Here’s How States and Cities Can Fight Climate Change and Inequality in the Trump Era


Traffic on I-80 in Berkeley, California. (Wikimedia Commons)

President-elect Donald Trump has made it clear that he wants to repeal President Barack Obama’s signature climate policies—the Clean Power Plan and the Paris Agreement on global emissions reductions. If he is successful, we will need a Plan B that the Republicans cannot obstruct. That means turning to states and cities, and in a big way.

Some have already started to think about how climate change can be fought at the state level. But there is a lot more work to be done. One of the most hotly debated ballot initiatives in 2016 was Washington’s first-of-its-kind proposal for a statewide carbon tax, known as Ballot Initiative 732 (I-732). Despite the robust debate over its merits, however, the proposal went down to defeat with only 41 percent of the vote. That was at least in part because many who support aggressive carbon taxes or other carbon pricing approaches welcomed I-732’s defeat. We were among them.

A quick review of the proposal shows why we objected. The tax side of I-732 was actually quite strong. It would have covered 85 percent of greenhouse-gas emissions in the state, and, starting at $15 per metric ton of fossil-fuel emissions in the first year, and rising to $25 per ton in the second year, the tax would have risen 3.5 percent annually thereafter, up to $100 per ton by the middle of this century. Taxable sources of emissions would have included both fossil-fuel consumption and the carbon emissions embedded in any imported energy. The tax schedule offered by I-732 appeared to be one of the most aggressive in the world at any level.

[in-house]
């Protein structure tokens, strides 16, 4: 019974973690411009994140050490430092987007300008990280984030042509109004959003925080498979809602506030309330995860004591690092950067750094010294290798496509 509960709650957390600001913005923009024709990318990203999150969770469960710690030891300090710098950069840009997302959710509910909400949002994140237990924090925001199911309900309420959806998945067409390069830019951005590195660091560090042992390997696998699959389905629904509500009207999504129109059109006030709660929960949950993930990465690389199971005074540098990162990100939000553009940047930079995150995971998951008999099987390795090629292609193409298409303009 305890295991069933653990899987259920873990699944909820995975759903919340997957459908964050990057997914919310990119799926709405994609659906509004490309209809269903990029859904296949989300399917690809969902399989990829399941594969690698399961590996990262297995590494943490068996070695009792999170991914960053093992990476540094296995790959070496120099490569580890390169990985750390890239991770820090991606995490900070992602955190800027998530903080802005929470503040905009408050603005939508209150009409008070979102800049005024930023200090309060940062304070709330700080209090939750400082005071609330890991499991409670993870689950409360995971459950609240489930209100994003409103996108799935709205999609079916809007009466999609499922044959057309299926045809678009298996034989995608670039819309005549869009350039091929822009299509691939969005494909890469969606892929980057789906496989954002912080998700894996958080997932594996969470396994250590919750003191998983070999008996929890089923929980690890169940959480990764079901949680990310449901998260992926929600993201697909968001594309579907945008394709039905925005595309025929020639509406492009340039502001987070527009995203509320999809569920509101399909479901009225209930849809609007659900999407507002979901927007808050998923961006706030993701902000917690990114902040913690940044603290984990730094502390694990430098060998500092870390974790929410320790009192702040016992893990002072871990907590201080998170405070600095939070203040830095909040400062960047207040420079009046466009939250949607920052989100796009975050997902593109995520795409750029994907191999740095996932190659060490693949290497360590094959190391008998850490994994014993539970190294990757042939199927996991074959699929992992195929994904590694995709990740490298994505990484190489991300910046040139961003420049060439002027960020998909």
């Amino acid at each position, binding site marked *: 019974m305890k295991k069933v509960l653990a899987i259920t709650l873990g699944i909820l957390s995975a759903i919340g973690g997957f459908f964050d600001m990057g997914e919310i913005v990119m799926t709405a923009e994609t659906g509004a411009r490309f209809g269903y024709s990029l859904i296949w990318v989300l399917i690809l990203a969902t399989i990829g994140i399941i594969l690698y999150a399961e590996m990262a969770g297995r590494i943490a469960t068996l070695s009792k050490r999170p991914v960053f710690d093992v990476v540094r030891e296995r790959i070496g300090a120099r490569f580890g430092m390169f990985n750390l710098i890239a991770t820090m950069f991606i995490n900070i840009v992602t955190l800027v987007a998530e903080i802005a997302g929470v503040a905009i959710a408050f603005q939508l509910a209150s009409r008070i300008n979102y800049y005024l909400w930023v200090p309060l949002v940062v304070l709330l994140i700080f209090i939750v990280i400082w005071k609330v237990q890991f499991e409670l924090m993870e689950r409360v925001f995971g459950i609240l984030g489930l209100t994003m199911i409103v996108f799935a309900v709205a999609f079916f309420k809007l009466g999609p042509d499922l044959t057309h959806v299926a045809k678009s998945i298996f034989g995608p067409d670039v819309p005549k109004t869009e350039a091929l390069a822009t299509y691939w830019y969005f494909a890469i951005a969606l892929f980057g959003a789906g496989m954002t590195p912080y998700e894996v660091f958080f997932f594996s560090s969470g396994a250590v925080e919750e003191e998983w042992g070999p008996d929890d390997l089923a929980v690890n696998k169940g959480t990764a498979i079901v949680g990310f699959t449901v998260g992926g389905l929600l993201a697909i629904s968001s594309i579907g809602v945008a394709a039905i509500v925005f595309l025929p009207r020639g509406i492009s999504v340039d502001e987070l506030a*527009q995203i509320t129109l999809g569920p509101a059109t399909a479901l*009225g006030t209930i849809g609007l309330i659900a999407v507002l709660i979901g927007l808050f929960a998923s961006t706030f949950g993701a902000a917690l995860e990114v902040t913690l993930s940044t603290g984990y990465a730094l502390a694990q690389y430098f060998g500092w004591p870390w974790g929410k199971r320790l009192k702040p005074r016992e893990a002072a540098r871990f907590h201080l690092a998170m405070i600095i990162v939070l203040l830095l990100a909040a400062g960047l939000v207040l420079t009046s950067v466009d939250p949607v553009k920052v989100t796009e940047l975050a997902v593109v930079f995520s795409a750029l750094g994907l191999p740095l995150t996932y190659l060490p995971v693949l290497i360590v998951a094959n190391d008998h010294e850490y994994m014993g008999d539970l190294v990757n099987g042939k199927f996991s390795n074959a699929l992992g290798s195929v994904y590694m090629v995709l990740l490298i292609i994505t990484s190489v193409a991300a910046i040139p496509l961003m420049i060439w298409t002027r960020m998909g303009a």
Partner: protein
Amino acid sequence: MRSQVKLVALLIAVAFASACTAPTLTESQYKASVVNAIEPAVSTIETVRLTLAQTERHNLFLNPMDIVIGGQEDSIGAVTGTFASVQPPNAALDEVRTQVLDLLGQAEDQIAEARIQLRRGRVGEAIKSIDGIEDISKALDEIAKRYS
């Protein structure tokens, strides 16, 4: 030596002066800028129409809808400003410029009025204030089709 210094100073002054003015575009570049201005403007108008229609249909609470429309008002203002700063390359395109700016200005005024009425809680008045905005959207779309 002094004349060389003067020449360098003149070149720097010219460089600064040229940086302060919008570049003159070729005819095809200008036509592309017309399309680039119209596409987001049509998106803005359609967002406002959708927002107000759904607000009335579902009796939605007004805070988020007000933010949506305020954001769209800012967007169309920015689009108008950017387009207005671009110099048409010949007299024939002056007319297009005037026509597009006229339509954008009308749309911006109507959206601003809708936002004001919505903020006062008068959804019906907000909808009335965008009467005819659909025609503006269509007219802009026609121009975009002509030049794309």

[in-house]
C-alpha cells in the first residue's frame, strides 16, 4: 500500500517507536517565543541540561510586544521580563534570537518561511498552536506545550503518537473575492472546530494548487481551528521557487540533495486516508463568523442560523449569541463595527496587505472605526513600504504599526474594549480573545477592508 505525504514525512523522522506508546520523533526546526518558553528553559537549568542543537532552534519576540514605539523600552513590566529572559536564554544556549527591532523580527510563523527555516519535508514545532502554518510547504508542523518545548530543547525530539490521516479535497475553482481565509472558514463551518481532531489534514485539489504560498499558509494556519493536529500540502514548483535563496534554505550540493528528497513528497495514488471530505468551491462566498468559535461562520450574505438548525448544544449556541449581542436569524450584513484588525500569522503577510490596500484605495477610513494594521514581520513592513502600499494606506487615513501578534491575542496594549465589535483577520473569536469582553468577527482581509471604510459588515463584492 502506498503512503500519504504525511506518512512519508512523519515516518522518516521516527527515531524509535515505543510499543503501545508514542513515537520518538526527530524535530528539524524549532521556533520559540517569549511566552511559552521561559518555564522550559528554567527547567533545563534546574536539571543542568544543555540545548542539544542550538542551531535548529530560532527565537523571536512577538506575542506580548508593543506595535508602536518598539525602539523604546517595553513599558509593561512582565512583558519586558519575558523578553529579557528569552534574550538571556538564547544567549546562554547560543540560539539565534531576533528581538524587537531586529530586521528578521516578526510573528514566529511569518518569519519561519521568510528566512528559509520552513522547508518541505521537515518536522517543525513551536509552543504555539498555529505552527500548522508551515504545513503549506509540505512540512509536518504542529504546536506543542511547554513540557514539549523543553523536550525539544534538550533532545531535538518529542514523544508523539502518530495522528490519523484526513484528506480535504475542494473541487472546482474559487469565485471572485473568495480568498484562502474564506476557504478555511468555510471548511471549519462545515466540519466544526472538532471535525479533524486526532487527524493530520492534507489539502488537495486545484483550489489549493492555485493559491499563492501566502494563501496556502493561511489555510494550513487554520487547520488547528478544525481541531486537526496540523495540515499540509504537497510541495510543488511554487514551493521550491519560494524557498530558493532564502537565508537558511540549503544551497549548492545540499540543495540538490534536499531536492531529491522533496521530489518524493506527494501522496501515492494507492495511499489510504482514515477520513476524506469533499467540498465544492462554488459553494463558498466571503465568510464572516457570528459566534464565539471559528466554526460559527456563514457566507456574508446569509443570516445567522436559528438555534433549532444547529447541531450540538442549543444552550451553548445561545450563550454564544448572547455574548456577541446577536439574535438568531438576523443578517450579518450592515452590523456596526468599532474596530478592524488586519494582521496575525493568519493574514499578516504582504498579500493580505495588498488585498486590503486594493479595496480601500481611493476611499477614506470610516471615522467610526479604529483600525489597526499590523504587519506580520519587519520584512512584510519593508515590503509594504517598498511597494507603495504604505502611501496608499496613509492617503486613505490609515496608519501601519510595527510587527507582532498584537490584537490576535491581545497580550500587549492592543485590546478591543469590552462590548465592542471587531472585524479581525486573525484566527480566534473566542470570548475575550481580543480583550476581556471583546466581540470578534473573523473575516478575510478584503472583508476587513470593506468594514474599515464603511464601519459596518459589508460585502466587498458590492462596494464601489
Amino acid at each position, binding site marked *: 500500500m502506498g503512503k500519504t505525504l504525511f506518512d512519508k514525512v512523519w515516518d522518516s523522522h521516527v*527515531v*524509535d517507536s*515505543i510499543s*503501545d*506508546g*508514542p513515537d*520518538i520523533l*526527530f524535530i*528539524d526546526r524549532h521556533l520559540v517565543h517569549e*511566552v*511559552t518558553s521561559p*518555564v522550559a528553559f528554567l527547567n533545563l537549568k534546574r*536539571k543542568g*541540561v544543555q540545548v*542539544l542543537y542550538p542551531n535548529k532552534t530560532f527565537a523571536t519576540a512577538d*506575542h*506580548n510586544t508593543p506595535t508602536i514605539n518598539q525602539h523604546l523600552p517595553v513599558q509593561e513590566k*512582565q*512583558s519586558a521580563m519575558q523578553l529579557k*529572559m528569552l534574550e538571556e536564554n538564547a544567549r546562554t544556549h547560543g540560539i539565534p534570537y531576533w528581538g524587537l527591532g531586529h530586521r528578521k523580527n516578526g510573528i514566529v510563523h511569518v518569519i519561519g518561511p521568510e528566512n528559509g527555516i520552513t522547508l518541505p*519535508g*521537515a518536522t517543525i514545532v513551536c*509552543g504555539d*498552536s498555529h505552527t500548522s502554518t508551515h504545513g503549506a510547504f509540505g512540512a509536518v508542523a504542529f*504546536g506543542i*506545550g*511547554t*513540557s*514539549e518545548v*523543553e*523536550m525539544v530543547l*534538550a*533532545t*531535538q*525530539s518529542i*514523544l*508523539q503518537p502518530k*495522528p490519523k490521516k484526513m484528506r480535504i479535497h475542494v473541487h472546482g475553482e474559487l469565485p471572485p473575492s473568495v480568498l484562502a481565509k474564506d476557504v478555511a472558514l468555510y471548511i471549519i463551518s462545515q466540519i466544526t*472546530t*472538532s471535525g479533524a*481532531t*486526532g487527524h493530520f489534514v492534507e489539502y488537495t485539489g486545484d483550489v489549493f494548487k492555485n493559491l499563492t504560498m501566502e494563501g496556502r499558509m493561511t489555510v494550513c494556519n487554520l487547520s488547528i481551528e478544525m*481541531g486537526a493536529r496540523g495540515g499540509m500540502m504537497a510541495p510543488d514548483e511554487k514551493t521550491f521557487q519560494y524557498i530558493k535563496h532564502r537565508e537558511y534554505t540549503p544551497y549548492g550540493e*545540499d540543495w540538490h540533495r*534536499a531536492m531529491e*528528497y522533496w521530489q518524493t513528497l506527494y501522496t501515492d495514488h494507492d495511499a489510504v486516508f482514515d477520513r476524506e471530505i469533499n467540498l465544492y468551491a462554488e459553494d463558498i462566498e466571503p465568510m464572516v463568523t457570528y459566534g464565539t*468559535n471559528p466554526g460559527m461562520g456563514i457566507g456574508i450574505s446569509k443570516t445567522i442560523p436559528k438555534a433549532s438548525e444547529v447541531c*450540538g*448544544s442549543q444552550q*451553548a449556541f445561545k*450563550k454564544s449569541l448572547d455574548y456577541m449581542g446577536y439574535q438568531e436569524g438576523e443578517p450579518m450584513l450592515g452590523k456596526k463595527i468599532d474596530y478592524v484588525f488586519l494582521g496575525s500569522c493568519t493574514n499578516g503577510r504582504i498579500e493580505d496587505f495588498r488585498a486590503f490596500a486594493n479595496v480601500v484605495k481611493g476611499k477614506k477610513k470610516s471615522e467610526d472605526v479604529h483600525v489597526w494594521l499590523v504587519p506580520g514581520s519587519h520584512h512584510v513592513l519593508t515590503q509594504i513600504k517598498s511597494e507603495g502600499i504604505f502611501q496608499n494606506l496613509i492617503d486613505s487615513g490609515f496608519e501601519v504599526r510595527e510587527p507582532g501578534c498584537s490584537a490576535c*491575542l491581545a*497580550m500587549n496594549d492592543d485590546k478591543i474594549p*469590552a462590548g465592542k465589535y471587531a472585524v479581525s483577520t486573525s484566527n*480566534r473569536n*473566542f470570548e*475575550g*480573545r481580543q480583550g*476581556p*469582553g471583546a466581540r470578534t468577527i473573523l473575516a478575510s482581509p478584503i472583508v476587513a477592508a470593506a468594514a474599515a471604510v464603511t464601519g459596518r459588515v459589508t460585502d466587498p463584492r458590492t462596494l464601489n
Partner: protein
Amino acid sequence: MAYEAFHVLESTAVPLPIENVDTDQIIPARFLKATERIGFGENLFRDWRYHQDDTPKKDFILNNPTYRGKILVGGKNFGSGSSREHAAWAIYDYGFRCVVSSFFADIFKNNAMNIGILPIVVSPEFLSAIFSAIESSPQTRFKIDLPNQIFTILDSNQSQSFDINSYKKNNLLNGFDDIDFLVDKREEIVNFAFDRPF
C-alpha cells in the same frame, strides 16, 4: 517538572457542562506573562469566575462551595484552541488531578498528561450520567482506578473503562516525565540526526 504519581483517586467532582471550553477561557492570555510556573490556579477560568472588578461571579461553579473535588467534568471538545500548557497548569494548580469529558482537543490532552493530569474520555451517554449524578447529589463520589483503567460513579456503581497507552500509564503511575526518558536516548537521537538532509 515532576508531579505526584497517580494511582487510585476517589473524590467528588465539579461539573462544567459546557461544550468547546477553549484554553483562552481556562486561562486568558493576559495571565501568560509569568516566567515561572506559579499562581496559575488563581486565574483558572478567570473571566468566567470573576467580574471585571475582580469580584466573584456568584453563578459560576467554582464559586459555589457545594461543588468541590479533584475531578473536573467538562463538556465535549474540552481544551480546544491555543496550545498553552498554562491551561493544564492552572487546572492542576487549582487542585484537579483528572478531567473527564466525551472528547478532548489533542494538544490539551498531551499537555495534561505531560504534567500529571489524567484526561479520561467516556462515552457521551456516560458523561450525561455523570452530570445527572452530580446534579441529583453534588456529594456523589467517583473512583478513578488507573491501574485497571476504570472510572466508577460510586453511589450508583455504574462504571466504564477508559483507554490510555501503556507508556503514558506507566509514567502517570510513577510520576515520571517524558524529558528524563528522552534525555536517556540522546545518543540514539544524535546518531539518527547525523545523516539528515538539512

So why did we oppose it? Unfortunately, the proposal went badly wrong on the revenue side of the equation, starting with the major flaw of adopting a “revenue-neutral” stance. Revenue neutrality means that the burden of the carbon tax should be offset by other tax cuts or tax benefits. I-732 provided for hundreds of millions of dollars in tax cuts for corporations, helping to generate an estimated net revenue loss of $800 million over six fiscal years, according to the state’s Department of Revenue. That made I-732 not revenue neutral but revenue negative. Underscoring these problems, the advocacy group behind the initiative, Carbon Washington, did not seriously seek out and incorporate input from environmental and social-justice advocates and community leaders. 

If I-732’s backers had sought guidance from advocates, they would have realized that the principle of revenue neutrality is deeply out of touch with the realities of both climate change and inequality. It essentially suggests that polluters don’t really need to pay for the carbon reductions, and that nothing else in the economic system really needs to change. Yet for tens of millions of Americans, and especially for people of color, climate problems are indissolubly linked to problems of racial inequity and economic exclusion. Many are doubly hard-hit by the fossil-fuel economy—disproportionately hurt by its pollution and climate impacts, yet largely excluded from its economic benefits. There is nothing neutral about the consequences of carbon pollution and economic exclusion. Therefore, policies that determine who pays for carbon pricing and other climate policies—and who benefits from such reforms—must not be neutral, either. Indeed, they should be specifically targeted for the benefit of the communities that suffer the most.



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